Simpson had a bogey on the final hole at Magnolia for a 69, while Donald battled a sinus infection and a lack of energy on his way to a 71 as they at least stayed in the game. Their battle was summed up on the 12th hole, when Donald stuffed his tee shot into 2 feet, and Simpson followed with a shot into 3 feet. Both made birdie.

'I think both of us are in the same mindset and trying to win the golf tournament,' Simpson said. 'We want to beat not only each other, but we want to beat the field. I feel that's just natural as competitors. He's got a little further to go. All it takes is a good weekend, and he would be right there.'

Donald can finish no worse than a two-way tie for second, provided Simpson finishes down the leaderboard. It's a tall order for Donald, the No. 1 player in the world.

'I'm going to need to go low on the weekend,' Donald said.

That won't be the case for a pair of British Open champions, David Duval and Ben Curtis, who both missed the cut. Duval was outside the top 150 on the money list, meaning he would have to go through two stages of Q-School to get his card back. Having gone through Q-School last year, the former world No. 1 is likely to take a year relying on sponsor exemptions and his status as a past champion.

Curtis was at No. 149 and likely to fall out of the top 150. Curtis still has the option of playing the European Tour, where he is exempt, while also playing the PGA Tour.

Meanwhile, four players from the Champions Tour all made the cut.

Michael Allen, whose only win was the Senior PGA Championship two years ago, had a 66 and was in the group at 9-under 135. Others playing the weekend are Mark Calcavecchia, Tom Pernice Jr. and Tom Lehman.

Leonard (63) and Stenson (64) played on the easier Palm course, while Kim had a 65 on the Magnolia.

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Montana parents can't watch kids play high school golf

By Grill Room TeamDecember 11, 2017, 9:47 pm

Well, this is a one new one.

According to a report from KTVQ in Montana, this line in the Montana State High School Association rule book all but forbids spectators from observing high school golf in that state:

“No spectators/fans are allowed on the course except for certain locations as designated by the tournament manager and club professional.”

Part of the issue, according to the report, is that most courses don't bother to designate those "certain locations" leaving parents unable to watch their kids compete.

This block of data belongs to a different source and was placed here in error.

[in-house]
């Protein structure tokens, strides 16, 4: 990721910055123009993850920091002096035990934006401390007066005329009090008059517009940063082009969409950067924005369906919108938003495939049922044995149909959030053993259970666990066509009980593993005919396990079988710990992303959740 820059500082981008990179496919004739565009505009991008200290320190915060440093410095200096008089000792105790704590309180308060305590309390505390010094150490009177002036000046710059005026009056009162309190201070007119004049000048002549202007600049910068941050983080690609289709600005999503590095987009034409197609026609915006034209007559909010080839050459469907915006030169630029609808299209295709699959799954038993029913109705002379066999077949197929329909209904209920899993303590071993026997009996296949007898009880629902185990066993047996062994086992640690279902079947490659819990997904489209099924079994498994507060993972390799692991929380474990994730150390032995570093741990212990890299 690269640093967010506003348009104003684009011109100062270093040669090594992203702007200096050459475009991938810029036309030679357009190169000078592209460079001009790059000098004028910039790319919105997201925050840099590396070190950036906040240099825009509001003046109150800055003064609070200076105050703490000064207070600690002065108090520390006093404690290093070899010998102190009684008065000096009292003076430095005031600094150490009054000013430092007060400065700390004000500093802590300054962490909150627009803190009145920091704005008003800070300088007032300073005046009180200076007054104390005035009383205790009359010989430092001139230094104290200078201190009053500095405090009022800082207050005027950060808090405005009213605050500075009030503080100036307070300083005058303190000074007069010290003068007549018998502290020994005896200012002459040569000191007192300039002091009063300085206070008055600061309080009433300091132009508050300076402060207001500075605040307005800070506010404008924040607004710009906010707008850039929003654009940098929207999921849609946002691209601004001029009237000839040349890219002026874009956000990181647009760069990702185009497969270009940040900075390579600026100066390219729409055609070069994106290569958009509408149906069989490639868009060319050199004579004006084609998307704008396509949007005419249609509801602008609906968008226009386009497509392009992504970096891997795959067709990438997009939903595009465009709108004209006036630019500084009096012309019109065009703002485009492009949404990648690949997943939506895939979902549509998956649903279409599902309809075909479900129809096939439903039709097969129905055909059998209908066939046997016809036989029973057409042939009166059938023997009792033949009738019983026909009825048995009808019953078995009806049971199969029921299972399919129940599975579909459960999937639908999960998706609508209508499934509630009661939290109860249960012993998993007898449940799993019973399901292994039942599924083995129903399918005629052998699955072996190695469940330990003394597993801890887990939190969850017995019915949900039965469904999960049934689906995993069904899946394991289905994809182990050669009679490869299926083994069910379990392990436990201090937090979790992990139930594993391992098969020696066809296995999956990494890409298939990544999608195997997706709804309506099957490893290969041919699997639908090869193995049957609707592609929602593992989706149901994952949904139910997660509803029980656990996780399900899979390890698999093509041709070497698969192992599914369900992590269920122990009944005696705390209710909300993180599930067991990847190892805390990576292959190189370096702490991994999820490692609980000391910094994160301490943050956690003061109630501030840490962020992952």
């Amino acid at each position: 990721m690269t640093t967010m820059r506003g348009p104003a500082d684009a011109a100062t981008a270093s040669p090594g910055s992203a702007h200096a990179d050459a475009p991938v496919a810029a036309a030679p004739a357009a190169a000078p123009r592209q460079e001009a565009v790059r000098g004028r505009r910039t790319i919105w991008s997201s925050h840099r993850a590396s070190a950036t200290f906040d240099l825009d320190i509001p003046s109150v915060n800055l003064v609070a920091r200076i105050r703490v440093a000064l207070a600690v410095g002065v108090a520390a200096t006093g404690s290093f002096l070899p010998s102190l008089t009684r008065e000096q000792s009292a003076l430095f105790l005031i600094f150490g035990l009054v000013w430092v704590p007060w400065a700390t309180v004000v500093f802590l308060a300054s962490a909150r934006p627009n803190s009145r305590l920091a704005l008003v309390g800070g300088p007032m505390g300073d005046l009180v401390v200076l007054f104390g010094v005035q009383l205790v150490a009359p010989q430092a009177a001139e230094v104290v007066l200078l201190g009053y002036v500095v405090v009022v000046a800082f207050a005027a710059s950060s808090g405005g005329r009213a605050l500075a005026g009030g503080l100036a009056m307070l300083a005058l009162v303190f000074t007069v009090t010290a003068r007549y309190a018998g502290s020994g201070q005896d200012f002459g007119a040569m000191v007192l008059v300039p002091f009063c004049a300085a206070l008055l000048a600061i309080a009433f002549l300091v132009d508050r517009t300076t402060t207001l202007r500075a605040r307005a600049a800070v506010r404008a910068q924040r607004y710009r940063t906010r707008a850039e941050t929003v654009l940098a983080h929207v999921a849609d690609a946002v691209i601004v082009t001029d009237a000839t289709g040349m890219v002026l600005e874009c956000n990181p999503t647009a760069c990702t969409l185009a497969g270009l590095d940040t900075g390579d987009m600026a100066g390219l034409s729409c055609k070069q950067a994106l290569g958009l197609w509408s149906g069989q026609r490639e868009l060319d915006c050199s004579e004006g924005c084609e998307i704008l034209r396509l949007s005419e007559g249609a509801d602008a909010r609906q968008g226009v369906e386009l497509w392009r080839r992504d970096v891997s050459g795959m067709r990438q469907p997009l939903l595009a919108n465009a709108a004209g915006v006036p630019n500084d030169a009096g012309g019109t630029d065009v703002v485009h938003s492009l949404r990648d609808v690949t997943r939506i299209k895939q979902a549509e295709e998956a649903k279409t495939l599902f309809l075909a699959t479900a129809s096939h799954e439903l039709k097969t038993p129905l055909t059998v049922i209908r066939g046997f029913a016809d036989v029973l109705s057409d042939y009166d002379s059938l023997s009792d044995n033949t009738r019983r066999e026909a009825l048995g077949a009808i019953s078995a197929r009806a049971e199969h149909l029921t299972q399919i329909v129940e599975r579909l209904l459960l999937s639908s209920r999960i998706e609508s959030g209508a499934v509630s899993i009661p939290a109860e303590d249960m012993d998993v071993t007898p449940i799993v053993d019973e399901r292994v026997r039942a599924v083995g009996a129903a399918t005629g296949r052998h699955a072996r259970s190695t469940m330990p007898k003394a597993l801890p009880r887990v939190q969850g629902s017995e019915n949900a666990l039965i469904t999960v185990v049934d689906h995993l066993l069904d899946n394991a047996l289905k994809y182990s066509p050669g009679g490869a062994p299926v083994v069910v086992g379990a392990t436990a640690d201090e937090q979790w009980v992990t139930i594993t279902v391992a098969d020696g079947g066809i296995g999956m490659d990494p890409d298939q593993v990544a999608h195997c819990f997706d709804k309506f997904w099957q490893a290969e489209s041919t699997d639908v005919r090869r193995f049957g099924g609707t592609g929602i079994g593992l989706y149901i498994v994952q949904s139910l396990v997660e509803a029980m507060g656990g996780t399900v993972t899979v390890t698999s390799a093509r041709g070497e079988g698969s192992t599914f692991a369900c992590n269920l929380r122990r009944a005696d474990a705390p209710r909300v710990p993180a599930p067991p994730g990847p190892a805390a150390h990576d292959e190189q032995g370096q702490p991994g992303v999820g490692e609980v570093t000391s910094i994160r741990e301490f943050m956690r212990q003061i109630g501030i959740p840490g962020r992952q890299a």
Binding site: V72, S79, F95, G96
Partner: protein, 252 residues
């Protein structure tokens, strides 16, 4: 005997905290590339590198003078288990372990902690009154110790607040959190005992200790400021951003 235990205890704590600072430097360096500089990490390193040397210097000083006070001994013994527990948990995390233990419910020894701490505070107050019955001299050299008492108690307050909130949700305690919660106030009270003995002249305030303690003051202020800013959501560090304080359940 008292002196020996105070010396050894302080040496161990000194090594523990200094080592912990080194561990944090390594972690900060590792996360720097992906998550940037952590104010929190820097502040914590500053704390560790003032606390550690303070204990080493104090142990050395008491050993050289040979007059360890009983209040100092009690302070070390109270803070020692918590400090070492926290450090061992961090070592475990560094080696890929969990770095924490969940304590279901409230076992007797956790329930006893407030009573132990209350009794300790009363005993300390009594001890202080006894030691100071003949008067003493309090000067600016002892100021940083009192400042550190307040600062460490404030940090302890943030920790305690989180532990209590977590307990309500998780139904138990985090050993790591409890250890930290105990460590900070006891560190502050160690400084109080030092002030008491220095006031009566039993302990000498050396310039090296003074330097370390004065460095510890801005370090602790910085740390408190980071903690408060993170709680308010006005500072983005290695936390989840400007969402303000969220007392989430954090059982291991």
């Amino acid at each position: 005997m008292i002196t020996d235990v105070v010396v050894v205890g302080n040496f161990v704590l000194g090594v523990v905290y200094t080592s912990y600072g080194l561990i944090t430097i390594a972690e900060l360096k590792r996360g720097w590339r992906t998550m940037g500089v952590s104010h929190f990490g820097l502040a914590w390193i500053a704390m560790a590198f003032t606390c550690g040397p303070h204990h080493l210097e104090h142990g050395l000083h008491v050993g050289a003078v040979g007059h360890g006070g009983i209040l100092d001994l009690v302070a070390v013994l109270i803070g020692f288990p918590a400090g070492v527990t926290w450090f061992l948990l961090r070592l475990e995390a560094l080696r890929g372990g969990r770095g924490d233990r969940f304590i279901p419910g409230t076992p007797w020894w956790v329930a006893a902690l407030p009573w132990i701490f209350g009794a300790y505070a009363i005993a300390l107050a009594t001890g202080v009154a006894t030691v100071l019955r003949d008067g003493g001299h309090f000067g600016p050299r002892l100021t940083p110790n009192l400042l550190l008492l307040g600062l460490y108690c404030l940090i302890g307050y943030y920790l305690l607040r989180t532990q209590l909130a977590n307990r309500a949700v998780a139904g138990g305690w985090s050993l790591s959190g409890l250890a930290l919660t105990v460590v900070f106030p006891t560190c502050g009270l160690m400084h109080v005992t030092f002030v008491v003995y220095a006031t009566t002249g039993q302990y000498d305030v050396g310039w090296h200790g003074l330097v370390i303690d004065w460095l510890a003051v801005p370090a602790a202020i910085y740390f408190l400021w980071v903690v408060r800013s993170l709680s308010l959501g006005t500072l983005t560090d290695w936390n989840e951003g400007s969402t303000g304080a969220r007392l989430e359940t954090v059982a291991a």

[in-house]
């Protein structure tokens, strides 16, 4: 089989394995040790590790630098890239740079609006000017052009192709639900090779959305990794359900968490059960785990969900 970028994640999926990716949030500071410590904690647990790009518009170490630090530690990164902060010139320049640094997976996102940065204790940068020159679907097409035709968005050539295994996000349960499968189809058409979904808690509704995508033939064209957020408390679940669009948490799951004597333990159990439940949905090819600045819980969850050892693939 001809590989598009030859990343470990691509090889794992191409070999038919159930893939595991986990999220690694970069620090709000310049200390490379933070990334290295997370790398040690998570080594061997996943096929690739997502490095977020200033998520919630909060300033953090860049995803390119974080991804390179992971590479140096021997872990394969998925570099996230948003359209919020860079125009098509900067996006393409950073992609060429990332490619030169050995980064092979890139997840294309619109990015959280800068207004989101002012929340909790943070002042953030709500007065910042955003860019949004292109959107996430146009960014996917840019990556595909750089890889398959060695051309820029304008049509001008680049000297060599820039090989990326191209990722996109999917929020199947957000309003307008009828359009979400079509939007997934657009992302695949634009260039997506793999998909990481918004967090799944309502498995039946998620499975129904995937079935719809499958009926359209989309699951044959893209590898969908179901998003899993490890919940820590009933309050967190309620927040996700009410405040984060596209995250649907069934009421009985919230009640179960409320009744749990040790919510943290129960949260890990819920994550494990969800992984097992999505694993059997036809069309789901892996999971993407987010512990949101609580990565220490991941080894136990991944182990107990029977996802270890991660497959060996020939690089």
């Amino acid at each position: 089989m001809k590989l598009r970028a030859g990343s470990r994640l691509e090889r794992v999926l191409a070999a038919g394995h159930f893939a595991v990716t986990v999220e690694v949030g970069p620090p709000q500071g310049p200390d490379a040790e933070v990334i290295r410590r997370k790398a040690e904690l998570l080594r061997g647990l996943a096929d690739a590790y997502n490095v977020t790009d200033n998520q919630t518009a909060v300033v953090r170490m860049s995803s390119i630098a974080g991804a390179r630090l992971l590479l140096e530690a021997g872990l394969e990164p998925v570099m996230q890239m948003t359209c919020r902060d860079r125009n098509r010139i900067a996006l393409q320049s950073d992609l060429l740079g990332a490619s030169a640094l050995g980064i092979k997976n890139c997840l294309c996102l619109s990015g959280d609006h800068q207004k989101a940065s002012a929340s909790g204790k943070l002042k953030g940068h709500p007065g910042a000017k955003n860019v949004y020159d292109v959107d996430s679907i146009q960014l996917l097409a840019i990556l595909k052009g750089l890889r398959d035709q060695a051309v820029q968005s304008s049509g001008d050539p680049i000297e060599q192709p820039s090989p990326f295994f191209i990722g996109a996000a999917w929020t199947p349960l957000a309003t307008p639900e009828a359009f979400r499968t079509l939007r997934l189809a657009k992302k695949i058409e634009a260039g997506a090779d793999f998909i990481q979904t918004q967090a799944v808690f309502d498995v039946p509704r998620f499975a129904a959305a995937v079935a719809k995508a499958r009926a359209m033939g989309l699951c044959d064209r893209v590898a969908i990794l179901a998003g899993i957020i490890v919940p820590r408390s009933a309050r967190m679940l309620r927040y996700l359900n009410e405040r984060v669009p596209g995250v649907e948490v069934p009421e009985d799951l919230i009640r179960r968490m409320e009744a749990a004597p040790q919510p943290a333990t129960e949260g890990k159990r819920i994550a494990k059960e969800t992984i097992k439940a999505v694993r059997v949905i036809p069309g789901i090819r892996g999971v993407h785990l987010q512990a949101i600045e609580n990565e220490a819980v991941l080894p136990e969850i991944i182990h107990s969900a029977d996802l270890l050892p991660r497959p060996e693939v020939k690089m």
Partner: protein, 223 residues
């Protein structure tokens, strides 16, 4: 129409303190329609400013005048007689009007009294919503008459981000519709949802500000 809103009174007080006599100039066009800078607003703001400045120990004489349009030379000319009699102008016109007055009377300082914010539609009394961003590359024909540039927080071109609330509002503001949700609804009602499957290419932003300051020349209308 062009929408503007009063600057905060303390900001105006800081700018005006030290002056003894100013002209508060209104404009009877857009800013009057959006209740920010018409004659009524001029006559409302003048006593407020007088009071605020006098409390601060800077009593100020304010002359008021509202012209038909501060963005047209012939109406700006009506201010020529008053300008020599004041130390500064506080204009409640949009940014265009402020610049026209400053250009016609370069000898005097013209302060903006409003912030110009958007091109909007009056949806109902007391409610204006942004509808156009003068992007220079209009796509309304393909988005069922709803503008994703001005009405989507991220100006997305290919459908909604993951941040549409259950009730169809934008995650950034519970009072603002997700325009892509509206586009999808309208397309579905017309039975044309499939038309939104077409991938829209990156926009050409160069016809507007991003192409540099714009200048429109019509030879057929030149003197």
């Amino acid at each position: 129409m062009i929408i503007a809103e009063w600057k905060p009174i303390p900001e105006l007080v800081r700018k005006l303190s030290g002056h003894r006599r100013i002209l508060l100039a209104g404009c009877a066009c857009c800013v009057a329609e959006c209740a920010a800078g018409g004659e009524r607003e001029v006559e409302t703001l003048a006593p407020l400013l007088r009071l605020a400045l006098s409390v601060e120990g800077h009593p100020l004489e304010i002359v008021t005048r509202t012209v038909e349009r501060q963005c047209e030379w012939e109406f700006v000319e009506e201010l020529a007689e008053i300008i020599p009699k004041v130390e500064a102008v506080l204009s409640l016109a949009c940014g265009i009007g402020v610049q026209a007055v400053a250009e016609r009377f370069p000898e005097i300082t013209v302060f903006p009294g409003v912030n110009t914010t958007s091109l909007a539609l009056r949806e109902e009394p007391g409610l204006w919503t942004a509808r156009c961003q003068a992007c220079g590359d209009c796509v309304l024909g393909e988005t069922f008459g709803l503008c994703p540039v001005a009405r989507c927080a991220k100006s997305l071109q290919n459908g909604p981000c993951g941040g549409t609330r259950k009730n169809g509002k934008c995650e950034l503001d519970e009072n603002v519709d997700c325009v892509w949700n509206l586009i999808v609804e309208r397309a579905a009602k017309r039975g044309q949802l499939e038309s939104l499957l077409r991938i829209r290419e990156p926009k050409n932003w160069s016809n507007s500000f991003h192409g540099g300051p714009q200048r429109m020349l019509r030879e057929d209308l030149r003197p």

“If you tell a parent that they can’t watch their kid play in the Thanksgiving Day football game, they would riot,” Chris Kelley, a high school golf parent, told KTVQ.

The report lists illegal outside coaching as one of the rule's chief motivations, but Montana State women's golf coach Brittany Basye doesn't quite buy that.

“I can go to a softball game and I can sit right behind the pitcher. I can make hand signals,” she is quoted in the report. “I can yell out names. I can do the same thing on a softball field that might affect that kid. Football games we can yell as loud as we want when someone is making a pass or a catch.”

The MHSA has argued that unlike other sports that are played in a confined area, the sprawling nature of a golf course would make it difficult to hire enough marshals to keep unruly spectators in check.

Meanwhile, there's a lawyer quoted in the report claiming this is some kind of civil rights issue.

Worth note, Montana is one of only two states that doesn't allow spectators on the course. The other state, Alaska, does not offer high school golf.

PGA Tour suspends Hensby for anti-doping violation

By Golf Channel DigitalDecember 11, 2017, 8:02 pm

Mark Hensby has been suspended for one year by the PGA Tour for violating the Tour’s anti-doping policy by failing to provide a sample after notification.

The Tour made the announcement Monday, reporting that Hensby will be eligible to return on Oct. 26, 2018.

The statement reads:

The PGA Tour announced today that Mark Hensby has violated the Tour Anti-Doping Policy for failing to provide a drug testing sample after notification and has been suspended for a period of one year. He will be eligible to return on Oct. 26, 2018.